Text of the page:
‘Violation of labour laws rampant at garment units in Madurai’

A majority of workers are not even aware of their rights: union leader

Updated - March 26, 2018 06:28 pm IST

Published - March 26, 2018 09:57 am IST - MADURAI

 An interactive session under way for garment workers and other stakeholders in Madurai on Sunday.

An interactive session under way for garment workers and other stakeholders in Madurai on Sunday.

Non-payment of minimum wages, violation of other labour-related regulations, and harassment were rampant in majority of the garment units in and around Madurai, which primarily employed women workers, P. Muthu Raja, president, Textile Workers Union alleged.

Speaking at an interaction meeting of garments manufacturing unit workers with non-governmental organisations, trade unions and other stakeholders, he said that it was difficult to address these issues since most of the units maintain stringent vigil over the activities of their workers and prevent them from organising themselves.

“Majority of the workers in these units are not even aware of their rights, including the minimum salary they are eligible to receive,” he said.

Role models

Addressing the workers, who turned up for the event in minimum numbers, B. Thirumalai, senior journalist and writer, highlighted how eminent women like Muthulakshmi Reddy, Thillaiyadi Valliammai and K.P. Janaki Ammal, who played active role in public life, and urged the women workers take inspiration from those leaders.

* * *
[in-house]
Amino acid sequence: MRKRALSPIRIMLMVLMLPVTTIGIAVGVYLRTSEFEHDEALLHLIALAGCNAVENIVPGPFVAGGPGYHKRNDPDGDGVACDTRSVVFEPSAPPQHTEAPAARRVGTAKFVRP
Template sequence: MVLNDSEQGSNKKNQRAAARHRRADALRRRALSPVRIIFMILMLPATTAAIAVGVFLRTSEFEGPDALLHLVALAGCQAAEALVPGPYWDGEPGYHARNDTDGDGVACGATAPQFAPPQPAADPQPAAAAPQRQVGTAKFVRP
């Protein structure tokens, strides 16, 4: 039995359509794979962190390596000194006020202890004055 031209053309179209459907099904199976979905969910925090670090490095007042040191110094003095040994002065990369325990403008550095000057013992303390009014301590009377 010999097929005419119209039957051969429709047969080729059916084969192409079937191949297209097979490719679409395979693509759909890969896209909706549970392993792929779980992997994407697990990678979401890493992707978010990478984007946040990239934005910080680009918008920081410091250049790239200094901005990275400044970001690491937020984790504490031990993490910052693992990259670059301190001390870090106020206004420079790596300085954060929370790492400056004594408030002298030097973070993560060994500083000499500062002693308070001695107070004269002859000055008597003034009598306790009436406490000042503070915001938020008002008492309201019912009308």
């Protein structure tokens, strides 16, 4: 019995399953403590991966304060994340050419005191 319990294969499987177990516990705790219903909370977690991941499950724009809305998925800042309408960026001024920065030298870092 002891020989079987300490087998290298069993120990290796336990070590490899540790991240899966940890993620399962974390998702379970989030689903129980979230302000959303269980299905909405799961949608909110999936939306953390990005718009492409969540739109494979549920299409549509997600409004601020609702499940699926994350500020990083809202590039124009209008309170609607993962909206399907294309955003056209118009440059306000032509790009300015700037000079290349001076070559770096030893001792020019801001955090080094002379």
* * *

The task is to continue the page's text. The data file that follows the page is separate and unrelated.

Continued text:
Stressing the need to unite and organise to fight for their rights, he said that the women workers, apart from their employment-related issues, must also fight against the rampant alcoholism due to the presence of State-promoted TASMAC shops.

Sumangali scheme

Appealing to the workers to rise their voices against the injustice they faced, S. Selva Gomathi, managing trustee of Justice Shivaraj V. Patil Foundation, which organised the interaction meeting, said that the problems faced by women workers under the infamous ‘Sumangali’ scheme came to light only after many of them began to speak about it.

Bala Sundari, advocate and member of Madurai district Child Welfare Committee, said that legal remedies were available for the issues and only when workers become emboldened about their rights, the garment units will begin to treat them fairly.

0 / 0
Sign in to unlock member-only benefits!
  • Access 10 free stories every month
  • Save stories to read later
  • Access to comment on every story
  • Sign-up/manage your newsletter subscriptions with a single click
  • Get notified by email for early access to discounts & offers on our products
Sign in


Comments have to be in English, and in full sentences. They cannot be abusive or personal. Please abide by our community guidelines for posting your comments.

We have migrated to a new commenting platform. If you are already a registered user of The Hindu and logged in, you may continue to engage with our articles. If you do not have an account please register and login to post comments. Users can access their older comments by logging into their accounts on Vuukle.